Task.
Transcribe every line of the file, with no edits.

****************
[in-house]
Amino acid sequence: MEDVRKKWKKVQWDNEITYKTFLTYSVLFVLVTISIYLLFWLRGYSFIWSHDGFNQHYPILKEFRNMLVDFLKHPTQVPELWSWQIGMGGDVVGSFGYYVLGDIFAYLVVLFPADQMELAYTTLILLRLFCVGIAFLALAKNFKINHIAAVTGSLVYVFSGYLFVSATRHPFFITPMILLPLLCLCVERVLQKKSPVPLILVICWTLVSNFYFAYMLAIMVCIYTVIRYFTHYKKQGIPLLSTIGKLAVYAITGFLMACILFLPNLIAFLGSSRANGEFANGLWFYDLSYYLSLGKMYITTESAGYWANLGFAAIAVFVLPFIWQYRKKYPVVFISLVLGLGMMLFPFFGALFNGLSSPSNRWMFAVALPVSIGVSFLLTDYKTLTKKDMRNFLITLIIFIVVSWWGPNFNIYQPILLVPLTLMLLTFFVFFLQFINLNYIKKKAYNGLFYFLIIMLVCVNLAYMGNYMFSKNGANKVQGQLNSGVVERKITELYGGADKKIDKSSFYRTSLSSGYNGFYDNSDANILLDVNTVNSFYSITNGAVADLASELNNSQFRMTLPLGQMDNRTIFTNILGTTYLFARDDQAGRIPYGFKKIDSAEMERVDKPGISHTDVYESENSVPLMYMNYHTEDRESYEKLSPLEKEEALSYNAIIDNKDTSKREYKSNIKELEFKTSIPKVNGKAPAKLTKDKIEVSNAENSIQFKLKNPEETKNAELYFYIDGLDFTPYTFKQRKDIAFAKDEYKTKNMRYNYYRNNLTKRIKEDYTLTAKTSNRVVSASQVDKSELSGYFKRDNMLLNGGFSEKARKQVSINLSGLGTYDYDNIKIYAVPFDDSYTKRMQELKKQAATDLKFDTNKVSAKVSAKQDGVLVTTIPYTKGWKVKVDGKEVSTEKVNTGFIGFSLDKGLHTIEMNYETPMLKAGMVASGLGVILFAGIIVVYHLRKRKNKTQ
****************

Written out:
[in-house]
Amino acid sequence: MEDVRKKWKKVQWDNEITYKTFLTYSVLFVLVTISIYLLFWLRGYSFIWSHDGFNQHYPILKEFRNMLVDFLKHPTQVPELWSWQIGMGGDVVGSFGYYVLGDIFAYLVVLFPADQMELAYTTLILLRLFCVGIAFLALAKNFKINHIAAVTGSLVYVFSGYLFVSATRHPFFITPMILLPLLCLCVERVLQKKSPVPLILVICWTLVSNFYFAYMLAIMVCIYTVIRYFTHYKKQGIPLLSTIGKLAVYAITGFLMACILFLPNLIAFLGSSRANGEFANGLWFYDLSYYLSLGKMYITTESAGYWANLGFAAIAVFVLPFIWQYRKKYPVVFISLVLGLGMMLFPFFGALFNGLSSPSNRWMFAVALPVSIGVSFLLTDYKTLTKKDMRNFLITLIIFIVVSWWGPNFNIYQPILLVPLTLMLLTFFVFFLQFINLNYIKKKAYNGLFYFLIIMLVCVNLAYMGNYMFSKNGANKVQGQLNSGVVERKITELYGGADKKIDKSSFYRTSLSSGYNGFYDNSDANILLDVNTVNSFYSITNGAVADLASELNNSQFRMTLPLGQMDNRTIFTNILGTTYLFARDDQAGRIPYGFKKIDSAEMERVDKPGISHTDVYESENSVPLMYMNYHTEDRESYEKLSPLEKEEALSYNAIIDNKDTSKREYKSNIKELEFKTSIPKVNGKAPAKLTKDKIEVSNAENSIQFKLKNPEETKNAELYFYIDGLDFTPYTFKQRKDIAFAKDEYKTKNMRYNYYRNNLTKRIKEDYTLTAKTSNRVVSASQVDKSELSGYFKRDNMLLNGGFSEKARKQVSINLSGLGTYDYDNIKIYAVPFDDSYTKRMQELKKQAATDLKFDTNKVSAKVSAKQDGVLVTTIPYTKGWKVKVDGKEVSTEKVNTGFIGFSLDKGLHTIEMNYETPMLKAGMVASGLGVILFAGIIVVYHLRKRKNKTQ